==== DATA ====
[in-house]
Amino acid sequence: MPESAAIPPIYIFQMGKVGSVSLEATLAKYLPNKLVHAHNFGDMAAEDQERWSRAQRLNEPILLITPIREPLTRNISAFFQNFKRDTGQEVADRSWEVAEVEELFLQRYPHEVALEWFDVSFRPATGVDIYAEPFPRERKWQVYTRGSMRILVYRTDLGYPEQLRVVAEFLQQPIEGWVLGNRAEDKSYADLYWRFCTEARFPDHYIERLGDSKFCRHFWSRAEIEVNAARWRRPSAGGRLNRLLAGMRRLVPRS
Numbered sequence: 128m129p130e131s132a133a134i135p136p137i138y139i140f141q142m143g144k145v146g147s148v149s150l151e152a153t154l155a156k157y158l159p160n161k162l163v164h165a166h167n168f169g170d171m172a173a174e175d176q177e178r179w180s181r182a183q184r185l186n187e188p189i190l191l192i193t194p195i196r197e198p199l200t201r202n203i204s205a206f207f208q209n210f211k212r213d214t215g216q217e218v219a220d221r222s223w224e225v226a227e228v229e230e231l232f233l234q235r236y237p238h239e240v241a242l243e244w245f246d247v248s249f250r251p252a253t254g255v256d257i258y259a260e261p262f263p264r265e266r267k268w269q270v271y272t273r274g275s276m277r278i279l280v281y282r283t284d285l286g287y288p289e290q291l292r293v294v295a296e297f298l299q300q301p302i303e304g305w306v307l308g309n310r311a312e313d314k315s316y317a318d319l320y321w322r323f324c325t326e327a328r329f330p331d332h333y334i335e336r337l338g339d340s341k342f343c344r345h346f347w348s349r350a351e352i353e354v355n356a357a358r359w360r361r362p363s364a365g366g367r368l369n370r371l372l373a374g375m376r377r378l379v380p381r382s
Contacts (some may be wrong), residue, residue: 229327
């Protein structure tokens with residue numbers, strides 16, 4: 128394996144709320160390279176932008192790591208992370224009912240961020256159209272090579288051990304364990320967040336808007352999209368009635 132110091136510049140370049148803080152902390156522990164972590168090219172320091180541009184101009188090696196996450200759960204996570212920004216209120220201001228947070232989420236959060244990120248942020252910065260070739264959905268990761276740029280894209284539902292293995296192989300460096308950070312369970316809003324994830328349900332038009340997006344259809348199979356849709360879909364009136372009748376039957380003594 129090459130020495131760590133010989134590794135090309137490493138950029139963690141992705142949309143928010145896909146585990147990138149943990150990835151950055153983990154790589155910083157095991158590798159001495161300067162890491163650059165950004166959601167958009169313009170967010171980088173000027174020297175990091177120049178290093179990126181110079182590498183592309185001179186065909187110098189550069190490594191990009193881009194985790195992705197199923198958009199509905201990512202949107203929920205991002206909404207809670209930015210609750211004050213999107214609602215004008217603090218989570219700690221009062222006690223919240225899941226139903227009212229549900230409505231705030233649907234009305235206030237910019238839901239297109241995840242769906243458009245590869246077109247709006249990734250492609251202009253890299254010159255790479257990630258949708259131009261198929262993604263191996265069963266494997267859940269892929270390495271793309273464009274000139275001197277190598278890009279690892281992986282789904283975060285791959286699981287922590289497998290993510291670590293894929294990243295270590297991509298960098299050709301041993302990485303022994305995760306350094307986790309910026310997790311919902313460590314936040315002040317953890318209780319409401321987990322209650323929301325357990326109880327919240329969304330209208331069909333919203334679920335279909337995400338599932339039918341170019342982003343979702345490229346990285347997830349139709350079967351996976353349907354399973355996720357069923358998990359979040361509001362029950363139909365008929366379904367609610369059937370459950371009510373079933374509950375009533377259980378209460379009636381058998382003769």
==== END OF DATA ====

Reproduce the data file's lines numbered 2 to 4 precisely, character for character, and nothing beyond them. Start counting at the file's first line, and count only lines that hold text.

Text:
Amino acid sequence: MPESAAIPPIYIFQMGKVGSVSLEATLAKYLPNKLVHAHNFGDMAAEDQERWSRAQRLNEPILLITPIREPLTRNISAFFQNFKRDTGQEVADRSWEVAEVEELFLQRYPHEVALEWFDVSFRPATGVDIYAEPFPRERKWQVYTRGSMRILVYRTDLGYPEQLRVVAEFLQQPIEGWVLGNRAEDKSYADLYWRFCTEARFPDHYIERLGDSKFCRHFWSRAEIEVNAARWRRPSAGGRLNRLLAGMRRLVPRS
Numbered sequence: 128m129p130e131s132a133a134i135p136p137i138y139i140f141q142m143g144k145v146g147s148v149s150l151e152a153t154l155a156k157y158l159p160n161k162l163v164h165a166h167n168f169g170d171m172a173a174e175d176q177e178r179w180s181r182a183q184r185l186n187e188p189i190l191l192i193t194p195i196r197e198p199l200t201r202n203i204s205a206f207f208q209n210f211k212r213d214t215g216q217e218v219a220d221r222s223w224e225v226a227e228v229e230e231l232f233l234q235r236y237p238h239e240v241a242l243e244w245f246d247v248s249f250r251p252a253t254g255v256d257i258y259a260e261p262f263p264r265e266r267k268w269q270v271y272t273r274g275s276m277r278i279l280v281y282r283t284d285l286g287y288p289e290q291l292r293v294v295a296e297f298l299q300q301p302i303e304g305w306v307l308g309n310r311a312e313d314k315s316y317a318d319l320y321w322r323f324c325t326e327a328r329f330p331d332h333y334i335e336r337l338g339d340s341k342f343c344r345h346f347w348s349r350a351e352i353e354v355n356a357a358r359w360r361r362p363s364a365g366g367r368l369n370r371l372l373a374g375m376r377r378l379v380p381r382s
Contacts (some may be wrong), residue, residue: 229327